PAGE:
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The Last Movie You Watched

Discussion in 'Entertainment: Movies & TV Shows' started by Johnnydollaz89, Oct 17, 2013.

  1. BigFin

    BigFin Well-Known Member

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    Murder On The Orient Express (2017)

    I did not see the original or read the book; I'm glad I didn't. This movie had more humor than I thought it would have. It had everything: humor, poignancy, terror, and the examination of the human condition - and yet it's a simple movie at its core. Director Kenneth Branagh did a fine as the lead character Detective Hercule Poirot, although I'm unfamiliar with the character. I love period pieces. It's only doing 65% on RT right now. It must be because of the films unoriginal nature, or not approving of how Poirot was portrayed. Dunno. This is the 15th movie of 2017 I've seen, and probably my 2nd favorite behind Baby Driver. These are the only 2 I've given A's to. I'm grading this in a vacuum:

    A
     



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  2. olympicoscar

    olympicoscar Life is what you've made of it. Supporting Member Level 3

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    I haven't seen it yet so I can't really argue with you. They've made this movie many times and as long as you change the killer it can be interesting.

    I've seen about 50 movies this year and the highest rating I've given out is an A-. I generally save the A's for a picture that's worthy of contention for Best Pic and an A+ for a 25 of the greatest all time contenders. I've yet to give out an A+ this century, the last being Saving Private Ryan.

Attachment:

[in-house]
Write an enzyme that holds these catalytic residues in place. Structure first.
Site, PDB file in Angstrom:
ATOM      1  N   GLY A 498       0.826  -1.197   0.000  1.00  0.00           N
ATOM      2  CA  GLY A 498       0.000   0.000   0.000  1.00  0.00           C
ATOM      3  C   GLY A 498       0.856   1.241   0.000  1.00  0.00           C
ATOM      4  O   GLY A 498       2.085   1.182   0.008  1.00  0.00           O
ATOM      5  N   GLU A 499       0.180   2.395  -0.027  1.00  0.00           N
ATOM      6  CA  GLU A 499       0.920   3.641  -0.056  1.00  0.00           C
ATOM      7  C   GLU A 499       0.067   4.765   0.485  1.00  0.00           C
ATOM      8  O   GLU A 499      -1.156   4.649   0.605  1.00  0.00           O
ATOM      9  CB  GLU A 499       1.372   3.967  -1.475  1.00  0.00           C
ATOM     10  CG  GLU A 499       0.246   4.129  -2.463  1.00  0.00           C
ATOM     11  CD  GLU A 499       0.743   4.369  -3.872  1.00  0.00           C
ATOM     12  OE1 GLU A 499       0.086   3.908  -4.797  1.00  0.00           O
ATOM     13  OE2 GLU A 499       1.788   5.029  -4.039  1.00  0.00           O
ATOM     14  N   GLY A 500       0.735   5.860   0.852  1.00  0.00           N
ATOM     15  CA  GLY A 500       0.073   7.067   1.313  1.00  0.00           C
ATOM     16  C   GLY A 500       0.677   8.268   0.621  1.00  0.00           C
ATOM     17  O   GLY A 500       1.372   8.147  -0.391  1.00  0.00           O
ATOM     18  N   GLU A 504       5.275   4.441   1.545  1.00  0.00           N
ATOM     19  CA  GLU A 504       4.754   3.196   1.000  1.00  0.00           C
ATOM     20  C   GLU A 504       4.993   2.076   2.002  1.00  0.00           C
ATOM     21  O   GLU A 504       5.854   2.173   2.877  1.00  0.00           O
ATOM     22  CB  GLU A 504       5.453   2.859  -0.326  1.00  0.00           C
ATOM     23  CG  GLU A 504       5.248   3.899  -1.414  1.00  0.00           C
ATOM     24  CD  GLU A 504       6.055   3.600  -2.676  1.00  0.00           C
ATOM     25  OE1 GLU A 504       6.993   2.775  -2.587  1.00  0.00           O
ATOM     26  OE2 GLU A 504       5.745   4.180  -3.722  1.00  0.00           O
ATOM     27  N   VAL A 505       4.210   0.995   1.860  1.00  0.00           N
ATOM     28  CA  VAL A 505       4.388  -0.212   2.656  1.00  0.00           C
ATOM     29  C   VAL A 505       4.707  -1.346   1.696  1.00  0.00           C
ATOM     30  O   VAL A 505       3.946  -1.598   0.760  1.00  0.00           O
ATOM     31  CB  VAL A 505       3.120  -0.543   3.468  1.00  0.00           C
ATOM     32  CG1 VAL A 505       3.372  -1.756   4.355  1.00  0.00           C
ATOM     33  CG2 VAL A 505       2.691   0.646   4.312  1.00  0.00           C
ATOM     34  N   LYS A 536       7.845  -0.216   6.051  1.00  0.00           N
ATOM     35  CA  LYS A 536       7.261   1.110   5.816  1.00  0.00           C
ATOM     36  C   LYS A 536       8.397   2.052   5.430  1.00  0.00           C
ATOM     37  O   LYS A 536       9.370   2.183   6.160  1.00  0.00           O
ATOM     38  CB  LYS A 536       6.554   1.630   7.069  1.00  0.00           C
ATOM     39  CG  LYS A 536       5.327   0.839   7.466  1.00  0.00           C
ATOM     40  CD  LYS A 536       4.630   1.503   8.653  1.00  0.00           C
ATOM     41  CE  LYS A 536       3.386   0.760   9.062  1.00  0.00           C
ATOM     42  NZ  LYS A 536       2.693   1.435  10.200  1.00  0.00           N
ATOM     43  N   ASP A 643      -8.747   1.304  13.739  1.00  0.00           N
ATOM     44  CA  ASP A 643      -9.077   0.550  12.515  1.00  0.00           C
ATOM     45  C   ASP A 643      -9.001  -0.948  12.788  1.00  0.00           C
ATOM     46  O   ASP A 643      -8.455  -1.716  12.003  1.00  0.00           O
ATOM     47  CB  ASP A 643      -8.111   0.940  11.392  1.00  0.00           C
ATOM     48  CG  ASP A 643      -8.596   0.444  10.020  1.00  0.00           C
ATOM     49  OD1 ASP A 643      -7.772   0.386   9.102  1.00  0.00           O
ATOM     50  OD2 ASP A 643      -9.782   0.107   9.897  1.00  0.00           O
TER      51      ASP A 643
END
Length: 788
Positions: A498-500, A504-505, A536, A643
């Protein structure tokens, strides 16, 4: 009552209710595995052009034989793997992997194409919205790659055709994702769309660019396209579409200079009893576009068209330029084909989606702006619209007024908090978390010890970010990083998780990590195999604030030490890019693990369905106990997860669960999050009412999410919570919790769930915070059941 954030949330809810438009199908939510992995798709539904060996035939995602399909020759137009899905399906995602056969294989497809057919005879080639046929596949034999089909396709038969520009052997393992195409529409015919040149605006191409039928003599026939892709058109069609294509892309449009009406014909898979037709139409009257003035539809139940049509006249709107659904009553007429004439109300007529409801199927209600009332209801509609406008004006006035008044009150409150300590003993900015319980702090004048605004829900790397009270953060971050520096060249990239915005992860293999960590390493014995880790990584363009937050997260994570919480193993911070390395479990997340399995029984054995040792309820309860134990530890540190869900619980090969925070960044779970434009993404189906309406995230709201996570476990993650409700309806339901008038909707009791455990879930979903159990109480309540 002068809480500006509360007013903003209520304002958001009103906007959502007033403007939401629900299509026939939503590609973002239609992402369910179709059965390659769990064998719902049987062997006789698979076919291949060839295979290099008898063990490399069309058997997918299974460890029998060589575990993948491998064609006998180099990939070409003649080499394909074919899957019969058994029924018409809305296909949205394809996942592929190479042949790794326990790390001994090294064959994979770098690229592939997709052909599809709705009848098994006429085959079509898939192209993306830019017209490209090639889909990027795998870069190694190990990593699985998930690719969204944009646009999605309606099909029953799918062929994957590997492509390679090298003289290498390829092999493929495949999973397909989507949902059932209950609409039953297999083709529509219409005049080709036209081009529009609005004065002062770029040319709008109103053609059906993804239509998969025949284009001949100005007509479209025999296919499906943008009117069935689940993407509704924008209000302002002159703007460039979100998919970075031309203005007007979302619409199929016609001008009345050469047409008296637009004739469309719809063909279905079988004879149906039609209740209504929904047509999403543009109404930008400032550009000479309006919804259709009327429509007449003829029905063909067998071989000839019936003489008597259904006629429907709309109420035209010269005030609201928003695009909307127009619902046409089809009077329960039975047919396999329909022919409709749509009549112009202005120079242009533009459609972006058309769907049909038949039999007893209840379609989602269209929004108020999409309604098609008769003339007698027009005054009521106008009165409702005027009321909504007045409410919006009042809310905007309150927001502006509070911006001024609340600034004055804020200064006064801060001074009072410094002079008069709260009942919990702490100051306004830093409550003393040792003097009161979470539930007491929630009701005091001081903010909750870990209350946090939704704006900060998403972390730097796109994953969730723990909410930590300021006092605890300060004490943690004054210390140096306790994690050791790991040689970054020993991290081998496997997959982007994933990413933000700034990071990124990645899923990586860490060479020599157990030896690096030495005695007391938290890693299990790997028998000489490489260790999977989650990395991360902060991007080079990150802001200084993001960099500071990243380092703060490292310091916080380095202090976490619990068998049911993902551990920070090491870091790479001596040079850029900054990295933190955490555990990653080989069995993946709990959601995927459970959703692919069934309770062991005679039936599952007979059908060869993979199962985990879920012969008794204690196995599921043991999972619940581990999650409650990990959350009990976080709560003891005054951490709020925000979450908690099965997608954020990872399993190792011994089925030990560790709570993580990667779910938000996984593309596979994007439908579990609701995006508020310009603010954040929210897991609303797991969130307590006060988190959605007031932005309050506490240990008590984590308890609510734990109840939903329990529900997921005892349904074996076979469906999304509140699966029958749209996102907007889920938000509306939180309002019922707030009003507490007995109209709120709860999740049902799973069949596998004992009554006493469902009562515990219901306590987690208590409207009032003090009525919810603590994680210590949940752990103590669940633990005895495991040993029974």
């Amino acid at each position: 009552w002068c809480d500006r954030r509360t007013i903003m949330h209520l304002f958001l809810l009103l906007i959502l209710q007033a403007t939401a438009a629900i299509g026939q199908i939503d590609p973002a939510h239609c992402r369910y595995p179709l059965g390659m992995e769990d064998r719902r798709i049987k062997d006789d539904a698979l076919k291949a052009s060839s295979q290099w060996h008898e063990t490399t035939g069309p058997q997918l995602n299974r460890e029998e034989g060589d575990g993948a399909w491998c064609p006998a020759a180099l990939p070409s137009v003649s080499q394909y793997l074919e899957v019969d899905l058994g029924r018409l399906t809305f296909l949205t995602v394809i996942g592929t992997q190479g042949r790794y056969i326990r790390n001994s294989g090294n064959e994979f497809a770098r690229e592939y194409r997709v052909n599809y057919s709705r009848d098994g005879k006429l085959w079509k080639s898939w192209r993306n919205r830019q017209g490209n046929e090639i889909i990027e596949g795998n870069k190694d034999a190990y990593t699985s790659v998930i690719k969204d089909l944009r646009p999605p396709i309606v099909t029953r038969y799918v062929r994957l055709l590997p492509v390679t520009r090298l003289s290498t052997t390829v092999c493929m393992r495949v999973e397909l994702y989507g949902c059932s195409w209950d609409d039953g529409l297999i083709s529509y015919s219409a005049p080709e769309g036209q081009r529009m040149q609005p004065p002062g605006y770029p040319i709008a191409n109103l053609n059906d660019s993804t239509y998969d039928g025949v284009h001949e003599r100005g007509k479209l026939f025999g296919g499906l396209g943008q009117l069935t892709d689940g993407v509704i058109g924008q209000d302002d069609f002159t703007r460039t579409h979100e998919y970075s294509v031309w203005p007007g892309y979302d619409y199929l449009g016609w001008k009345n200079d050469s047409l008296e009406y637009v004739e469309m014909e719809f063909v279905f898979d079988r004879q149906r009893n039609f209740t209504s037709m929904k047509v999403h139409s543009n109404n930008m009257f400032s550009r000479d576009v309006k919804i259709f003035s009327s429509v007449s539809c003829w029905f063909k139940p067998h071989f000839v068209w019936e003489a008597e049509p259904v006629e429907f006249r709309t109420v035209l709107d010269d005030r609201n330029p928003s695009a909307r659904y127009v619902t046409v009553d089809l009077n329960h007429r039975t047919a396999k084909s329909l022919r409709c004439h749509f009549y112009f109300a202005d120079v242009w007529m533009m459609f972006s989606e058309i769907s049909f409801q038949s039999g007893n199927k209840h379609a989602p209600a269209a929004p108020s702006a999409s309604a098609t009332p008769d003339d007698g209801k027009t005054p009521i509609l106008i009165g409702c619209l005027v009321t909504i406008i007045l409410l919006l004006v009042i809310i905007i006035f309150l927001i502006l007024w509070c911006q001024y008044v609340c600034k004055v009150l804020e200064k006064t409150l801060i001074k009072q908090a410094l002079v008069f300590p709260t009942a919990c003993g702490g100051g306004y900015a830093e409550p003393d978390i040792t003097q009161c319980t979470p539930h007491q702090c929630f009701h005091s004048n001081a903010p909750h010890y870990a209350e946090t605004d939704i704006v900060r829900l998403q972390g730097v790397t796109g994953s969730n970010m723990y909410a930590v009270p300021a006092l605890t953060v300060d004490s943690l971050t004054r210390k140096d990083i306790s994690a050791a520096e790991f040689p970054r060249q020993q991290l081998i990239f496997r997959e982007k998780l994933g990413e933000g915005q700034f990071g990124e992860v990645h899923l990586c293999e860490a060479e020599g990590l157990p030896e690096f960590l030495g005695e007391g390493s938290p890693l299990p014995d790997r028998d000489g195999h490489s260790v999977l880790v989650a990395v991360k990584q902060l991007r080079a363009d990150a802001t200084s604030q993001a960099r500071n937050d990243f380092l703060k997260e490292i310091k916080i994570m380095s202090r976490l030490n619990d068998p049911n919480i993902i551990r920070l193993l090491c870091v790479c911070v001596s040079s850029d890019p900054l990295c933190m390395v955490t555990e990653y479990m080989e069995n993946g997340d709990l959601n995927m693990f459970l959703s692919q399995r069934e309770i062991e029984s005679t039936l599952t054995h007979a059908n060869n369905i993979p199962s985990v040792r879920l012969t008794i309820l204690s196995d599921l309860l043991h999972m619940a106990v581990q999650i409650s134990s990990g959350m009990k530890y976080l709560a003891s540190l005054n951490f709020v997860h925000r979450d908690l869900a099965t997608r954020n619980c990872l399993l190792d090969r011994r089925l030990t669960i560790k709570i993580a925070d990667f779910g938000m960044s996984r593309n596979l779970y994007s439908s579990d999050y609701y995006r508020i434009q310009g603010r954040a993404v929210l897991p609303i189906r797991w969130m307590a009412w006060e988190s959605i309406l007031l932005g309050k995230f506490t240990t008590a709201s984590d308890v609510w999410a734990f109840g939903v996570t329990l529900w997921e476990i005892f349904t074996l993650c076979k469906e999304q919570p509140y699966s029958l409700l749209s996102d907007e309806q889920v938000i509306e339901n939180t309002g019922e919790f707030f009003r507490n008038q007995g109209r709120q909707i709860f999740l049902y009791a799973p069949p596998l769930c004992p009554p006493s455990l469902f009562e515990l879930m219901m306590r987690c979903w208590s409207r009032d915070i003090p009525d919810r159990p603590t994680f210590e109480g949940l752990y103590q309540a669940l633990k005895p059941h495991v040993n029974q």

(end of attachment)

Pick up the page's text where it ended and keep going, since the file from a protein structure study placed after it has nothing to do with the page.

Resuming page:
3. olympicoscar

    olympicoscar Life is what you've made of it. Supporting Member Level 3

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    I saw The Killing of a Sacred Deer today. I gave it a B+ though my wife thought it was a C-. One of the weirdest movies I've ever seen. Only the musical score in Psycho was more chilling. Several plot twists and totally false alleys are the hallmark.

    I thought it was a male p edophile pic at first and then it took a completely different twist and became psychologically horrifying. Very good performances from Nicole Kidman and Colin Firth as doctor and wife. Definitely not for the kiddies.
     
  4. calsnowskier

    calsnowskier Sarcastic F-wad

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    Thor: Ragnarok

    I wrote a somewhat detailed review in the dedicated thread.

    6.5/10
     
  5. Taddy Mason

    Taddy Mason Well-Known Member

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    Probably the second best Pirates movie after the first. So, if you sat through the other shit after the original and chose to pay to go see it in theaters, it's on you.
     
  6. UVA_Guy81

    UVA_Guy81 Well-Known Member

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    The Dark Tower - Felt very rushed and uninspired. I am assuming (since I haven't read the book) that there was a whole bunch of stuff left out or if they are to do a sequel, a lot more will be involved with it. 2 out of 5 stars
     
  7. Taddy Mason

    Taddy Mason Well-Known Member

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    It's a very long series (bookwise) as it were, i found myself having trouble getting through the first, not that it was bad, i just didn't have the time. my understanding is this movie was more of a prequel, which makes no sense at all, as they were still big characters, but i'll let someone that knows the books better than i to comment on it, sounded like it was a shit show.
     
  8. calsnowskier

    calsnowskier Sarcastic F-wad

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    I haven’t seen the movie (I don’t like what I have heard, so I will avoid it unless I can see it for free), but from what I understand, the movie is actually supposed to take place AFTER the books. I cant explain more without getting into spoiler territory.

    As for the story, in as spoiler-free a fashion as possible...

    All of Kings books take place in the same multiverse, and the Tower series is his opus that ties it all together. The Matthew McConaughy character is the same character played by Jamie Sheridan in The Stand and Max von Sydow in Needful Things (among others).